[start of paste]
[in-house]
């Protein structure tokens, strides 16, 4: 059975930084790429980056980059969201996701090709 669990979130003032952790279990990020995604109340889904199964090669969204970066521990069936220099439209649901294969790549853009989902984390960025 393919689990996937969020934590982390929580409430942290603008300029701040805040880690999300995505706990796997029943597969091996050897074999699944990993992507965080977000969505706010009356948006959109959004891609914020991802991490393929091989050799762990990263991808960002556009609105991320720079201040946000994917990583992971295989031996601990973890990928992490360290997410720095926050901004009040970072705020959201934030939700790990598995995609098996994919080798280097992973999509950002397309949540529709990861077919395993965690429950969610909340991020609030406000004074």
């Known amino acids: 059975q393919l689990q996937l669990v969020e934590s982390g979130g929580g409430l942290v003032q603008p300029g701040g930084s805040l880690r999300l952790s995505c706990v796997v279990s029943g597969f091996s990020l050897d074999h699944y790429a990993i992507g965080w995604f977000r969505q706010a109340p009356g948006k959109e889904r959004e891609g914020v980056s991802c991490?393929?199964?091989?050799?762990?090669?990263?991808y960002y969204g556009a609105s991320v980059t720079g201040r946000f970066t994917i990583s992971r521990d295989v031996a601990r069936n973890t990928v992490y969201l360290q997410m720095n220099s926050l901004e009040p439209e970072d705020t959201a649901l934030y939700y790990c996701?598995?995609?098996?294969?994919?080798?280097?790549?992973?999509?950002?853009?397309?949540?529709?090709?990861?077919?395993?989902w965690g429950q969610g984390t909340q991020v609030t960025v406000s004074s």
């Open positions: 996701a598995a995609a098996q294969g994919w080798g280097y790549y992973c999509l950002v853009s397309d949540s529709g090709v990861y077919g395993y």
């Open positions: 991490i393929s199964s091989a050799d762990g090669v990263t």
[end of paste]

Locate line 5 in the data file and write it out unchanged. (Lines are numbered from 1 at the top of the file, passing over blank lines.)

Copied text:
């Open positions: 991490i393929s199964s091989a050799d762990g090669v990263t």